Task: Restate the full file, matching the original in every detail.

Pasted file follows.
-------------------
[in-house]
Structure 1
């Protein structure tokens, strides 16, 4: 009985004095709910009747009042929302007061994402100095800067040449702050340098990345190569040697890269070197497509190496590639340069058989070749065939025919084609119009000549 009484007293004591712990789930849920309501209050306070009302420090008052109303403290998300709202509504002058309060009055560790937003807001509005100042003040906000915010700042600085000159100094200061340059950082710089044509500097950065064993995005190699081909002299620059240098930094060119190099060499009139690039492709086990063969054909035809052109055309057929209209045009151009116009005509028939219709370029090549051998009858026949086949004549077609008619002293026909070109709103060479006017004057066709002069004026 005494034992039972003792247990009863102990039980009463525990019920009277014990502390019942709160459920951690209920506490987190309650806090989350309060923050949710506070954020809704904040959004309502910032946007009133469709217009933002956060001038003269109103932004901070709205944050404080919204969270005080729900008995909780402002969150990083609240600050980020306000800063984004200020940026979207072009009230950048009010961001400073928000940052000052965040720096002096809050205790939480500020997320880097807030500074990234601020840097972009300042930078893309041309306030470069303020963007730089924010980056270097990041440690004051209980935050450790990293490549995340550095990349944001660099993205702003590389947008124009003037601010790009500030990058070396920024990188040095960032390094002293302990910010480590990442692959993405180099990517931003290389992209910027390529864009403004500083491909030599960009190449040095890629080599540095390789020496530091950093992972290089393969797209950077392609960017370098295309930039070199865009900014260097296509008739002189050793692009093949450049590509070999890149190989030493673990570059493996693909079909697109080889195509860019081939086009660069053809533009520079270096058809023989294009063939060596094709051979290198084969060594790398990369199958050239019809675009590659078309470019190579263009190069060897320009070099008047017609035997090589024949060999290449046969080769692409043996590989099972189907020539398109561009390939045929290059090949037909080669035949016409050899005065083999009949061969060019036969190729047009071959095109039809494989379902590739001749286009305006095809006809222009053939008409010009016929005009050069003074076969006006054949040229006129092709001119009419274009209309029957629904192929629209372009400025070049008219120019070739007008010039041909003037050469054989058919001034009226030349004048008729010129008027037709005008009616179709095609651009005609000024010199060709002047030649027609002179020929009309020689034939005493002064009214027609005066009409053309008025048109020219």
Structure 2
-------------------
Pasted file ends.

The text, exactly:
[in-house]
Structure 1
């Protein structure tokens, strides 16, 4: 009985004095709910009747009042929302007061994402100095800067040449702050340098990345190569040697890269070197497509190496590639340069058989070749065939025919084609119009000549 009484007293004591712990789930849920309501209050306070009302420090008052109303403290998300709202509504002058309060009055560790937003807001509005100042003040906000915010700042600085000159100094200061340059950082710089044509500097950065064993995005190699081909002299620059240098930094060119190099060499009139690039492709086990063969054909035809052109055309057929209209045009151009116009005509028939219709370029090549051998009858026949086949004549077609008619002293026909070109709103060479006017004057066709002069004026 005494034992039972003792247990009863102990039980009463525990019920009277014990502390019942709160459920951690209920506490987190309650806090989350309060923050949710506070954020809704904040959004309502910032946007009133469709217009933002956060001038003269109103932004901070709205944050404080919204969270005080729900008995909780402002969150990083609240600050980020306000800063984004200020940026979207072009009230950048009010961001400073928000940052000052965040720096002096809050205790939480500020997320880097807030500074990234601020840097972009300042930078893309041309306030470069303020963007730089924010980056270097990041440690004051209980935050450790990293490549995340550095990349944001660099993205702003590389947008124009003037601010790009500030990058070396920024990188040095960032390094002293302990910010480590990442692959993405180099990517931003290389992209910027390529864009403004500083491909030599960009190449040095890629080599540095390789020496530091950093992972290089393969797209950077392609960017370098295309930039070199865009900014260097296509008739002189050793692009093949450049590509070999890149190989030493673990570059493996693909079909697109080889195509860019081939086009660069053809533009520079270096058809023989294009063939060596094709051979290198084969060594790398990369199958050239019809675009590659078309470019190579263009190069060897320009070099008047017609035997090589024949060999290449046969080769692409043996590989099972189907020539398109561009390939045929290059090949037909080669035949016409050899005065083999009949061969060019036969190729047009071959095109039809494989379902590739001749286009305006095809006809222009053939008409010009016929005009050069003074076969006006054949040229006129092709001119009419274009209309029957629904192929629209372009400025070049008219120019070739007008010039041909003037050469054989058919001034009226030349004048008729010129008027037709005008009616179709095609651009005609000024010199060709002047030649027609002179020929009309020689034939005493002064009214027609005066009409053309008025048109020219």
Structure 2